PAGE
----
By Dennis Seid/NEMS Daily Journal
TUPELO – To supply electricity to its customers in seven states, the Tennessee Valley Authority uses more than 13,000 miles of transmission lines.
But those transmission lines need to be relatively clear of vegetation, i.e., trees, that could interfere with that delivery.
In fact, TVA spends about $20 million a year on what it calls right-of-way vegetation management, which includes removing property owners’ trees.
“Power lines and trees don’t mix,” said John Dooley, TVA’s West Area Line Applied Services manager.
High voltage lines – which carry 100,000 volts or more – can arc to trees, buildings or other nearby objects and cause fire, property damage or costly power outages.
Through aerial surveys and other methods, TVA regularly checks to keep trees clear.
The industry standard is to not have trees over 15 feet under power lines. And the width of the rights of way can vary, from 75 feet to 200 feet.
“Those lines can sag 15 to 25 feet, so it’s important that we keep those rights of way,” Dooley said.
The 2003 blackout in the northeastern U.S. affected 50 million people and cost and estimated $6 billion in total economic damages. A tree was the root cause of the blackout, Dooley said.
“So the industry as a whole set minimum clearances for the lines across the country,” he said.
Recently, TVA was fined $175,000 due to a power interruption caused by a tree. A willow tree grew almost 30 feet in a right of way in Alabama, and when it grew within 10 feet of a 500,000-volt line, the line “flashed over” and triggered an outage.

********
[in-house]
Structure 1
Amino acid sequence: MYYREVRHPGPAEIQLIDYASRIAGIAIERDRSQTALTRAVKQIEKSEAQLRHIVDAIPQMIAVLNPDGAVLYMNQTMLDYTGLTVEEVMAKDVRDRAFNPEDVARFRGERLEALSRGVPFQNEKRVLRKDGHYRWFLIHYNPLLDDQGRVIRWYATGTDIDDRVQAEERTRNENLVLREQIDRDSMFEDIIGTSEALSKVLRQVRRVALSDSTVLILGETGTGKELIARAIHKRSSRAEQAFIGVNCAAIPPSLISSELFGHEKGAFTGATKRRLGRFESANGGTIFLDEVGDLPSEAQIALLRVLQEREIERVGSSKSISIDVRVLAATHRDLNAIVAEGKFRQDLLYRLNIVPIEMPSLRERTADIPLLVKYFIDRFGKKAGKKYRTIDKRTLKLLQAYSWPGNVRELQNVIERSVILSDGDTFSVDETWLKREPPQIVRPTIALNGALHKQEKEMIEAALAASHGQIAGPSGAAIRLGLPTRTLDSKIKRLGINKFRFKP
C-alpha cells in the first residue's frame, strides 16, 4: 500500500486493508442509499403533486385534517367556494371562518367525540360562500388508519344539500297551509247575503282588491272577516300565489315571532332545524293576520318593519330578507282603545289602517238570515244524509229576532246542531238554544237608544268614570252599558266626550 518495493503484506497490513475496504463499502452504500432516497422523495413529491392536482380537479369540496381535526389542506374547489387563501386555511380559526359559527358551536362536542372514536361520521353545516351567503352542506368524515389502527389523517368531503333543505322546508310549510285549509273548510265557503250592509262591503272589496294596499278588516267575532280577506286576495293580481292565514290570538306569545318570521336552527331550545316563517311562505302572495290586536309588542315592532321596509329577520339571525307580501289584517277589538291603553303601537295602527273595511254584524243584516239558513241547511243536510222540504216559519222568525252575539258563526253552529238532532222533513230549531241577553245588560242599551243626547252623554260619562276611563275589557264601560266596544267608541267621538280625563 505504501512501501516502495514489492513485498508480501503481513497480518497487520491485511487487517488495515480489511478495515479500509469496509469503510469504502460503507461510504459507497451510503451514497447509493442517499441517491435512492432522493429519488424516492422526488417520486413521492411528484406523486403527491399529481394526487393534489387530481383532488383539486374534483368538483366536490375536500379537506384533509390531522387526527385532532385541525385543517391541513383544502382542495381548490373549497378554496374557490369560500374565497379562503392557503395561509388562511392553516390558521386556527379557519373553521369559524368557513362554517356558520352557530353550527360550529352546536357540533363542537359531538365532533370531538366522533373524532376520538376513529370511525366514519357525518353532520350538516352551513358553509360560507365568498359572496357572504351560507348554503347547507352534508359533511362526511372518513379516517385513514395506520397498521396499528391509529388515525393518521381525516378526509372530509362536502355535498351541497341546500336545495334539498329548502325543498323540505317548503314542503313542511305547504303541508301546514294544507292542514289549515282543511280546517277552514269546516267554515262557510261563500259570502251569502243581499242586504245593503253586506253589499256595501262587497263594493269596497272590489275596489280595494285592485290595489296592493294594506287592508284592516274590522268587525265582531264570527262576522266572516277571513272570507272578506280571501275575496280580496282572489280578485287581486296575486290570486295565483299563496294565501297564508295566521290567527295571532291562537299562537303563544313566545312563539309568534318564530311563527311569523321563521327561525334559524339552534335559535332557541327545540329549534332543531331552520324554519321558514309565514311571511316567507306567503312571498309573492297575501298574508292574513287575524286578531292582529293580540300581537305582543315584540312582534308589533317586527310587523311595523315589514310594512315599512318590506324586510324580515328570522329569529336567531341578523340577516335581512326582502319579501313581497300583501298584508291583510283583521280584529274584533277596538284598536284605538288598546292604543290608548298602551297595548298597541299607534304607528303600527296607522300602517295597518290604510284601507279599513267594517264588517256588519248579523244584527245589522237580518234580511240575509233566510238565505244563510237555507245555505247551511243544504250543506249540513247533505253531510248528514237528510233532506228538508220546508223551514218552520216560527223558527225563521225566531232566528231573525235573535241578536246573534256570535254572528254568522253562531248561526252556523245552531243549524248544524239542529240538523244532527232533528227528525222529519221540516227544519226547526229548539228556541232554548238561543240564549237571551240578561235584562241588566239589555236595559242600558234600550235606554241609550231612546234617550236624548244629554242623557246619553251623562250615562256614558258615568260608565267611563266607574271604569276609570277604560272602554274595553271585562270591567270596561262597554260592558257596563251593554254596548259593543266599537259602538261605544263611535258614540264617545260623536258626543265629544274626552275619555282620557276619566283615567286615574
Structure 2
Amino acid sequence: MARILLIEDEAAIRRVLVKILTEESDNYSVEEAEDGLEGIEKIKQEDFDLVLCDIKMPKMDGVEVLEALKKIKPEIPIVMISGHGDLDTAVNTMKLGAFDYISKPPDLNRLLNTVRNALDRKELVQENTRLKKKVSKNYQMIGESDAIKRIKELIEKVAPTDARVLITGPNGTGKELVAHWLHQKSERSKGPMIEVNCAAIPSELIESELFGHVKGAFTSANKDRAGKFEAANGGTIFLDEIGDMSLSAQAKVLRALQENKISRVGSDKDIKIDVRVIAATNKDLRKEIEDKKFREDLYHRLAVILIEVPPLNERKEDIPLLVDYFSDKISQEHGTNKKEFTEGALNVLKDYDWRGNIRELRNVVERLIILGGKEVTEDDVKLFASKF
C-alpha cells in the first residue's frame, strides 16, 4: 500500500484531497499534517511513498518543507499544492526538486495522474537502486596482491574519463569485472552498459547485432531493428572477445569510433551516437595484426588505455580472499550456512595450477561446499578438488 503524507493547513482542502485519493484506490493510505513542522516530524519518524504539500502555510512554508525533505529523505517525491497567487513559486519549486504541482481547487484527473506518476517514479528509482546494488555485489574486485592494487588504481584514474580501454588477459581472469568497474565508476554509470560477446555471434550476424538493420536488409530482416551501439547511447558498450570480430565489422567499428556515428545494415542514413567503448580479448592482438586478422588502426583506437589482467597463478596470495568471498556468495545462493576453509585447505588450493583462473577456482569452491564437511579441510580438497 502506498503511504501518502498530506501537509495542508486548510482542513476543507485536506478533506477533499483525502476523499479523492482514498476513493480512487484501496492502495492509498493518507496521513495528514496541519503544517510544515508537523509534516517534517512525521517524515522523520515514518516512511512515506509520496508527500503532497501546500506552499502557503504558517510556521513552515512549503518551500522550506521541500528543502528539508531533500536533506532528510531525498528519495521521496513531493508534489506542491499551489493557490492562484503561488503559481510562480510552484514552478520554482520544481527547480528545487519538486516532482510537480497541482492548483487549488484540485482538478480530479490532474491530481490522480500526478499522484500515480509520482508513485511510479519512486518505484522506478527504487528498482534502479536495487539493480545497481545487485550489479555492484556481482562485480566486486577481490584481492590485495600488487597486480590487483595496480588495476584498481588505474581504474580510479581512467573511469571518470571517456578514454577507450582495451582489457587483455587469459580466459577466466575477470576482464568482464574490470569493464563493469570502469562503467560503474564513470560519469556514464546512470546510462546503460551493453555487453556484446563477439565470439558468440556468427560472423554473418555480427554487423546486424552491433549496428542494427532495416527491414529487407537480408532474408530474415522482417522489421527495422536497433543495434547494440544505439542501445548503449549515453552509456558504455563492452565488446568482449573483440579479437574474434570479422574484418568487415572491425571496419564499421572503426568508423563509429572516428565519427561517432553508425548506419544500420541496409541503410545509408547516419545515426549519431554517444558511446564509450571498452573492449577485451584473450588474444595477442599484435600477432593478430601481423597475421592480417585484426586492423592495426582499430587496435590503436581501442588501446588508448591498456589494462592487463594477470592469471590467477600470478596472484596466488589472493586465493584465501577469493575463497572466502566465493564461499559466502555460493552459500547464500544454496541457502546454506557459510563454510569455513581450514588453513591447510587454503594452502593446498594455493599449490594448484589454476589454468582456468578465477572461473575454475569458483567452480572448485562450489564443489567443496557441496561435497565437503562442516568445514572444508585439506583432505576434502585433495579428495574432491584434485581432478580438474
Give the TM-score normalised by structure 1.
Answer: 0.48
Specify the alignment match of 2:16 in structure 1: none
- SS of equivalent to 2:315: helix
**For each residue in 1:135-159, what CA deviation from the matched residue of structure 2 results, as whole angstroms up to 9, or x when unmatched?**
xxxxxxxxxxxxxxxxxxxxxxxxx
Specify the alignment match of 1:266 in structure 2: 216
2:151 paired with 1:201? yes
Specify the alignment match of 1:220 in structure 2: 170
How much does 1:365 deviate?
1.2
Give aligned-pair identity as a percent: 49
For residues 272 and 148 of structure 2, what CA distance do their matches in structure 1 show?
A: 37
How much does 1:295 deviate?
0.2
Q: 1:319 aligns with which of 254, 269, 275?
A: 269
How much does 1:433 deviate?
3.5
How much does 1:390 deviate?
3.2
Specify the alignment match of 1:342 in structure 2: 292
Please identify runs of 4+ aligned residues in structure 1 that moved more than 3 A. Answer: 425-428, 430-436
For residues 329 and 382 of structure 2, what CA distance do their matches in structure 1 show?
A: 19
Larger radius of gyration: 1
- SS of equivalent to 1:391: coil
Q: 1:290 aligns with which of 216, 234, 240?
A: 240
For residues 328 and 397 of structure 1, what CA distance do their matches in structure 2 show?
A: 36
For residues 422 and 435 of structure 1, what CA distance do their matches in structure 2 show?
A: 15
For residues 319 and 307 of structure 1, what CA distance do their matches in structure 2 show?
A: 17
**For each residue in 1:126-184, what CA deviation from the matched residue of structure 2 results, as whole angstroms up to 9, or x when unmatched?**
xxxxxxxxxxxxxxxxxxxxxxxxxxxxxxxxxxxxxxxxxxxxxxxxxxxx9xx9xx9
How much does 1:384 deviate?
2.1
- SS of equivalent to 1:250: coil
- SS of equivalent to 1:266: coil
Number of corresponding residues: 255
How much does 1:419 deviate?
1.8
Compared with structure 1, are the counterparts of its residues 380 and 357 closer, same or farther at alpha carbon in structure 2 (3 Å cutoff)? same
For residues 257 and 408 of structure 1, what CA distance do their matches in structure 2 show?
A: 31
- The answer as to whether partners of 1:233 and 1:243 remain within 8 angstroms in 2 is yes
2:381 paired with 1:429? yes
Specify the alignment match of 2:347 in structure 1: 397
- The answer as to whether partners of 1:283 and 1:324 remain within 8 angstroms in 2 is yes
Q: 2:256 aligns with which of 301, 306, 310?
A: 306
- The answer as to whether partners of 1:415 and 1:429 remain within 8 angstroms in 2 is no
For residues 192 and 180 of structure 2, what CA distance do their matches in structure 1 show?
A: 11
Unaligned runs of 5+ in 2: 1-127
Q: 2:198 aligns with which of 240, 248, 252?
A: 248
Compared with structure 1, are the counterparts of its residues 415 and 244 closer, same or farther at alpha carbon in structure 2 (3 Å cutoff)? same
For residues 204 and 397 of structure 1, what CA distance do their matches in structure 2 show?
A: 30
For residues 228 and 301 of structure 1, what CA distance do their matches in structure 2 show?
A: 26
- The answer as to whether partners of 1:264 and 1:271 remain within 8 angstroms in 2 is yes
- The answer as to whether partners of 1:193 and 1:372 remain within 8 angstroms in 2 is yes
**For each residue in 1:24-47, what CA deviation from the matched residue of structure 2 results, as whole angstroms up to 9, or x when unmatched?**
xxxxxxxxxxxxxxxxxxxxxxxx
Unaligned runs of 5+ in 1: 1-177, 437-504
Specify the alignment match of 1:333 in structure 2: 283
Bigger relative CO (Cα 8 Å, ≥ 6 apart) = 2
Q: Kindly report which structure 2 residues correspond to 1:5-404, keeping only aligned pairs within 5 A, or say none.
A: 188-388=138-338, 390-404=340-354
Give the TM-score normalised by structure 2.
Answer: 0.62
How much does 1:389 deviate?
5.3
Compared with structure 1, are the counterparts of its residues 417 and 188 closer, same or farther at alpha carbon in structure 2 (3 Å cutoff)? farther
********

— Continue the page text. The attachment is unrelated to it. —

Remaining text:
But under mandatory guidelines, TVA – or any utility that doesn’t maintain its rights of way – could be fined up to $1 million a day.
No wonder TVA wants to get the word out on its vegetation management program.
TVA will contact customers with a “door-hanger” notice to let them know work will begin within 14 days if it has to remove any trees.
The TVA doesn’t merely trim the trees because it’s too costly to maintain that much vegetation on some 50,000 properties across its coverage area.
It’s easier to cut down the trees instead. TVA will mulch the downed trees back into the tree line if they’re in a remote area. If the trees are on personal property, it can use a chipper to take care of them. Or, if the owner wishes, he or she can keep the trees to use for firewood.
And if needed, TVA reseeds and hays the affected areas and cleans it up to leave it as it was before the trees were removed. It also provides a list of compatible trees and shrubs homeowners can plant.
“Everything goes back to keeping things safe and keeping the electricity on,” Dooley said.